Bharti Kher, An Absence of Assignable Cause
Luke is especially interested in Bharti Kher’s An Absence of Assignable Cause, which is her conception of a sperm whale’s heart covered in bindis.
The Times’ Joanna Pitman is fascinated by the artists who “push their media into almost illegible territories, as if to say that art could not possibly be adequate to record what really matters.”
Probir Gupta’s painting Anxiety of the Unfamiliar and Tallur L.N.’s Untitled both depict what she describes as “bleary fragments, the chance events, and barely registered perceptions of this imbalanced, disturbed country.”
However, Pitman also comments on the unevenness of the show: “Many works resemble the outpourings of pained and confused undergraduate minds.”
Mark Sheerin of Culture 24 is also struck by the intensity present throughout the works. He claims that, “At best, such high impact work can astound and violently re-orient you” and cites Tushar Joag’s The Enlightening Army of the Empire’s “skeletal, spectral band of robotic figures” as a prime example.
Tushar Joag, The Enlightening Army of the Empire
He encourages the reader to “come and let the works do violence to you. They should be resisted, if at all.”
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Posted in Asia expands, Atul Dodiya, Bharti Kher, Consumerism, Gallery shows, Heart art, Indian, Jitish Kallat, Light, London, Overviews, Political, Rashid Rana, Reviews, Robot, Saatchi, Sculpture, Shows, UK, Words | Tagged: Adrian Searle, An Absence of Assignable Cause, Arabian Delight, art, art market, art news, Asian art, Atul Dodiya, Ben Luke, Bharti Kher, Chitra Ganesh, Colin Gleadall, contemporary art, Fool's House, Huma Mulji, Indian art, Indian contemporary art, installation, Jitish Kallat, JJ Charlesworth, Joanna Pitman, Mark Sheerin, Peter Aspden, post-colonialism, Probir Gupta, Public Notice 2, Rebecca Wilson, Saatchi, sculpture, Subodh Gupta, Tallur LN, The Empire Strikes Back, Tushar Joag | Leave a Comment »
Posted by artradar on December 2, 2009
THE POWER STRUCTURES OF THE ART WORLD
What a difference a year makes. Last month, ArtReview magazine released its annual list of the one hundred most powerful people in art (see list here). ArtReview’s introduction to the list outlines that the financial crisis of 2008 caused a lot of big shifts in the art world and the list is a reflection of these changes: a third of last year’s entries, both artists and collectors, have fallen off the list and been replaced by newcomers. For instance, Director of MoMA Glen Lowry was not even on the list last year, and this year he enters the chart at number two. The magazine praises the likes of Lowry for being part of a new generation in the art world that they describe as follows:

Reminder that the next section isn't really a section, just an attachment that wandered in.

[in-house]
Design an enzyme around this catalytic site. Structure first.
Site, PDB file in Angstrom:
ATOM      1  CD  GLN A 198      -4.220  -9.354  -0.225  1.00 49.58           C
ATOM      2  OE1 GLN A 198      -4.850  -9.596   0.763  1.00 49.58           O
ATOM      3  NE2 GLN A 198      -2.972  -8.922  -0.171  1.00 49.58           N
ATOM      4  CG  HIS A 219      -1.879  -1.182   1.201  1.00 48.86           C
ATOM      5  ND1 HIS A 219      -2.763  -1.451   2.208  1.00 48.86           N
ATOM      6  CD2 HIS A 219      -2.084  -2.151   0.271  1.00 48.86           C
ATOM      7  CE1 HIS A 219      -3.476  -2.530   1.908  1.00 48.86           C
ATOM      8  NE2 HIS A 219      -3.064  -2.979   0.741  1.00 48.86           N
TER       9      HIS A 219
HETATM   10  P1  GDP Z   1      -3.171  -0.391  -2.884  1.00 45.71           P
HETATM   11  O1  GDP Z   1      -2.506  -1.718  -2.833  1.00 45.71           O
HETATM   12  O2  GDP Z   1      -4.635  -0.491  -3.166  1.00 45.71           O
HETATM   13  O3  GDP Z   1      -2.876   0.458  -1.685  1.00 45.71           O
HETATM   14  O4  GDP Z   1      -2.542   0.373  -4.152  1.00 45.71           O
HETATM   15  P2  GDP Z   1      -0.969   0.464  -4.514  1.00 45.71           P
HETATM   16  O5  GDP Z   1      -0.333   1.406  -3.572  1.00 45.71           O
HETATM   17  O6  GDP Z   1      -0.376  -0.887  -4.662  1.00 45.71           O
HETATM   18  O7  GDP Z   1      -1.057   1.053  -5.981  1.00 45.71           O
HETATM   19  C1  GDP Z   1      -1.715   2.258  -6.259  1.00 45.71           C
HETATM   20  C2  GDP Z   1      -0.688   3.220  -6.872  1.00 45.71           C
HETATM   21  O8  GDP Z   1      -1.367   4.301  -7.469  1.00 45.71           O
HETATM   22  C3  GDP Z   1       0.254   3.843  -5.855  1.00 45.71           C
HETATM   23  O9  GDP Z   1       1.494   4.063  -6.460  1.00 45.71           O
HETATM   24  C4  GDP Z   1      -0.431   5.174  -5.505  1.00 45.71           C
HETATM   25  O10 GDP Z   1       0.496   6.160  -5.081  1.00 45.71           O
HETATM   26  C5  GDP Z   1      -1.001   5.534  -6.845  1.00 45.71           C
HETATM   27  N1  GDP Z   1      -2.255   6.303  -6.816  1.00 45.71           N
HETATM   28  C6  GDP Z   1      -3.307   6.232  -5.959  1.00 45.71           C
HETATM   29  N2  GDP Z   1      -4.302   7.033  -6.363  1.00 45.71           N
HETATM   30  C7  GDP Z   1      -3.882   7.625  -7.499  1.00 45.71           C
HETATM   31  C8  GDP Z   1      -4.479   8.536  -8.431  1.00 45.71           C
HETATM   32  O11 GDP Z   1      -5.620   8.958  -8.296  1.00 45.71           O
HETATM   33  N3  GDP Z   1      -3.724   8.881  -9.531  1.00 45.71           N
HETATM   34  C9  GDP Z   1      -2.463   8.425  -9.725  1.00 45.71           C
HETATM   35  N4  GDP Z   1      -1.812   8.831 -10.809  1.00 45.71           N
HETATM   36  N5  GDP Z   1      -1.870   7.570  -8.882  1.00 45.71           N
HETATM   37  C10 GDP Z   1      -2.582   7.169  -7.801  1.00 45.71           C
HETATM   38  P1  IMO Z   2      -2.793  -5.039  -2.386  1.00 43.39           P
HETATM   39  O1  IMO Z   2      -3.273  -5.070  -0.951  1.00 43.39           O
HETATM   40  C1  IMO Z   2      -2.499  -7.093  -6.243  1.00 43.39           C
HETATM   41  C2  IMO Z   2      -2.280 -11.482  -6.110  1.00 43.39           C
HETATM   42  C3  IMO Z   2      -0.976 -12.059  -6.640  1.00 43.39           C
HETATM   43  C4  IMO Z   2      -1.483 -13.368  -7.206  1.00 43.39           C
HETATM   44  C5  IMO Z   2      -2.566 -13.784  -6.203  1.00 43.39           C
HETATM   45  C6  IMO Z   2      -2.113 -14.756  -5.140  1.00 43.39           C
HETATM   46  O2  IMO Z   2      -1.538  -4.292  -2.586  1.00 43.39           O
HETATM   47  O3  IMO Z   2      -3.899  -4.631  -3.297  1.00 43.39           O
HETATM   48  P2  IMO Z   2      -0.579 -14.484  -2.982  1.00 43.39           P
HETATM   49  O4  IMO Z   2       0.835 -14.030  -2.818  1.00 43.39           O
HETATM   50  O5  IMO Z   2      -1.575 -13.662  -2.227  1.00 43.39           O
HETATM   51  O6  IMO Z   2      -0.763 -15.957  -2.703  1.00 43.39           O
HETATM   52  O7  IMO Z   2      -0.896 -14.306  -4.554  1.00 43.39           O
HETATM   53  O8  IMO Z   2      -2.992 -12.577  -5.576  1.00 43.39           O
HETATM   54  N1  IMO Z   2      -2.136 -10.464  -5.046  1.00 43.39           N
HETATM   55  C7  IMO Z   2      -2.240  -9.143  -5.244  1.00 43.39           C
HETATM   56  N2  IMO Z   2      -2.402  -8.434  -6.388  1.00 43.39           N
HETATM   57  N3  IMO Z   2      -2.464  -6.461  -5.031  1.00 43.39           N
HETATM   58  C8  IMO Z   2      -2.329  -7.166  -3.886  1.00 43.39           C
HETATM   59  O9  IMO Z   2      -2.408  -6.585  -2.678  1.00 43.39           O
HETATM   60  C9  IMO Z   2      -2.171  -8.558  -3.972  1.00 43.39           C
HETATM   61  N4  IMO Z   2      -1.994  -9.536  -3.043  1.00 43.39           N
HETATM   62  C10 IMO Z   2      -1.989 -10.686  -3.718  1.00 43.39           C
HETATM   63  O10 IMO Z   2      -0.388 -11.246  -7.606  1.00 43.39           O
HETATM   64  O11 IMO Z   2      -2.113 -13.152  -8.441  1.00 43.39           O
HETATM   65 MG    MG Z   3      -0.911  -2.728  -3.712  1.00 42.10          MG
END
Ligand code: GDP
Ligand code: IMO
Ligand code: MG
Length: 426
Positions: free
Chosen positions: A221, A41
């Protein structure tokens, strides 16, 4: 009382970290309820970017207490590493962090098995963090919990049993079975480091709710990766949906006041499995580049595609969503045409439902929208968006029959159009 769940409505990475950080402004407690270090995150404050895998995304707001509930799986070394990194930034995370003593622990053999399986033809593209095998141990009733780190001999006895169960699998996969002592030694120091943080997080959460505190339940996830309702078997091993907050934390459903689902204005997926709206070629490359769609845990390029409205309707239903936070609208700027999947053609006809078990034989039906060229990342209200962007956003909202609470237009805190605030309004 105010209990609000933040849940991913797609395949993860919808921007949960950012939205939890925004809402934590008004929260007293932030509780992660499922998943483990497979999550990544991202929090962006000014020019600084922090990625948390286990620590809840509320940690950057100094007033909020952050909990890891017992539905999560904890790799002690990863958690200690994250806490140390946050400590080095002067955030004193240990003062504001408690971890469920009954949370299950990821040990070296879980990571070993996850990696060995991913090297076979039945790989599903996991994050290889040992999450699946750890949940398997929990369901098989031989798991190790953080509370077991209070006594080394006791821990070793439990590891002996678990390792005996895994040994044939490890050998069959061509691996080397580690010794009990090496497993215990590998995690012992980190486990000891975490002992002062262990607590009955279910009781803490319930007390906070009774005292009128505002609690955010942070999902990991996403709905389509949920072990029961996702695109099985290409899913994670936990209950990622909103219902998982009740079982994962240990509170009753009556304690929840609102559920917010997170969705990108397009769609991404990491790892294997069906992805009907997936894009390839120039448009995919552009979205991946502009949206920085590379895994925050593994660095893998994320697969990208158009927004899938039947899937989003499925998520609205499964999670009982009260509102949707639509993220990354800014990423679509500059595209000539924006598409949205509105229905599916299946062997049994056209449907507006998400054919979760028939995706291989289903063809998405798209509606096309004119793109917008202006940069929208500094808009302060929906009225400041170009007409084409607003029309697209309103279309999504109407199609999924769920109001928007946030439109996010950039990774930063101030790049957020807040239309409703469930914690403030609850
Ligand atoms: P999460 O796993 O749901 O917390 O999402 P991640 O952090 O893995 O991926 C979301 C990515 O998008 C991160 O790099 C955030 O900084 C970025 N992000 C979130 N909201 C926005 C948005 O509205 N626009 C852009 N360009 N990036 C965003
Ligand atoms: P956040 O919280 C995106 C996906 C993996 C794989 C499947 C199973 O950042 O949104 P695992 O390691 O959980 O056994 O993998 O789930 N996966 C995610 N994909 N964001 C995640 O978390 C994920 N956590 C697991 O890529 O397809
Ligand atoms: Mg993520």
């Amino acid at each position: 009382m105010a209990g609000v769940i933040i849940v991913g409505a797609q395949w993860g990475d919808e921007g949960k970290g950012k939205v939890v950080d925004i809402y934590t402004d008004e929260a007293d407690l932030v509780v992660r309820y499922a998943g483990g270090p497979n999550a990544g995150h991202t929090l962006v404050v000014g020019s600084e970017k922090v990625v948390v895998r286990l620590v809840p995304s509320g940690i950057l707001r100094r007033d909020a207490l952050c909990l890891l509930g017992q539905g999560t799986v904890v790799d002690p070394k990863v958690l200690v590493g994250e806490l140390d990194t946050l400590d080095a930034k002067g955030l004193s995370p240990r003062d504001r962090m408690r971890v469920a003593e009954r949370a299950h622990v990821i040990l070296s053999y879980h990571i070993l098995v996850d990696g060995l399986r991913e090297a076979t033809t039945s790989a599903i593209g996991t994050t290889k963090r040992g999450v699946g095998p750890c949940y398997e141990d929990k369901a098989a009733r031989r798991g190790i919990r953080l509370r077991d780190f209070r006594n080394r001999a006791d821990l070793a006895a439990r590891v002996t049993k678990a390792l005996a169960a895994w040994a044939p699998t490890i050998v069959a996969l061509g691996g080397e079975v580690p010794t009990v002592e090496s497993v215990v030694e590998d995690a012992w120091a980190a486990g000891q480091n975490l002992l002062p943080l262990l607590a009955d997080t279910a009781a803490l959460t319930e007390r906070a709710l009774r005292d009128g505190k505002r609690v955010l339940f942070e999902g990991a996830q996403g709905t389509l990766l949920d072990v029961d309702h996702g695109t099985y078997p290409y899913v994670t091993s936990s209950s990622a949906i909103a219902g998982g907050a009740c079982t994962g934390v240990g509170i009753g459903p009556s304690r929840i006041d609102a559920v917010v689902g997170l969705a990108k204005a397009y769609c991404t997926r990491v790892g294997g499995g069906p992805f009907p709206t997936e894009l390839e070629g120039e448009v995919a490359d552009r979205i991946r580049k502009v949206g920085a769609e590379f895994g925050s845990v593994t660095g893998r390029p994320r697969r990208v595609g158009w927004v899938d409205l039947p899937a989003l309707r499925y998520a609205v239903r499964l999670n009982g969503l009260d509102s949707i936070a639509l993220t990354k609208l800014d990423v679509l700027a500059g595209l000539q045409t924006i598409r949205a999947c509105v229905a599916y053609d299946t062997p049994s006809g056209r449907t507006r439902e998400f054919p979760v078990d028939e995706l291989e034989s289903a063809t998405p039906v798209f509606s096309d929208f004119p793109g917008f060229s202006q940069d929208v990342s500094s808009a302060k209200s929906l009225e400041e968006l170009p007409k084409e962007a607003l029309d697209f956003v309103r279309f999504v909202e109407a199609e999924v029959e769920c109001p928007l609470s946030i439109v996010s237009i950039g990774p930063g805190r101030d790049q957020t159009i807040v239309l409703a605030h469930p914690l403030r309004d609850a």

“…percolating up from the middle ranks is a new generation of highly networked, flexible, globetrotting curators – men and women at the very centre of a new way of working.”
Curators top the list while artists have less clout and websites have more
Overall, it was curators who had one of the strongest presence on the list, with Swiss curator and writer Hans Ulrich Obrist at the top of the list and Sir Nicholas Serto, the director of the Tate Gallery, at third. Artists, by contrast, did not have such a strong presence in the top ten: the first artist on the list was not until American Golden Lion Winner Bruce Nauman at number ten.
The Independent newspaper goes so far as to suggest it is “The Year of the Curator”, which suggests that curators have a stronger influence in shaping what we know about art than the artists who create it. A change in the system of endorsement was also reflected by the increase in webmasters included on the list. It seems that technology now also plays a significant part in disseminating notions of what “art” is.
Professions in the list: 2008 vs. 2009
Questions of power
So who gets to be on the list and how they do they get there? ArtReview explains that its entrants are ranked as follows:
” [It is] a combination of influence over the production of art internationally, sheer financial clout (although in these times that’s no longer such a big factor) and activity in the previous 12 months – criteria which encompass artists, of course, as well as collectors, gallerists and curators.”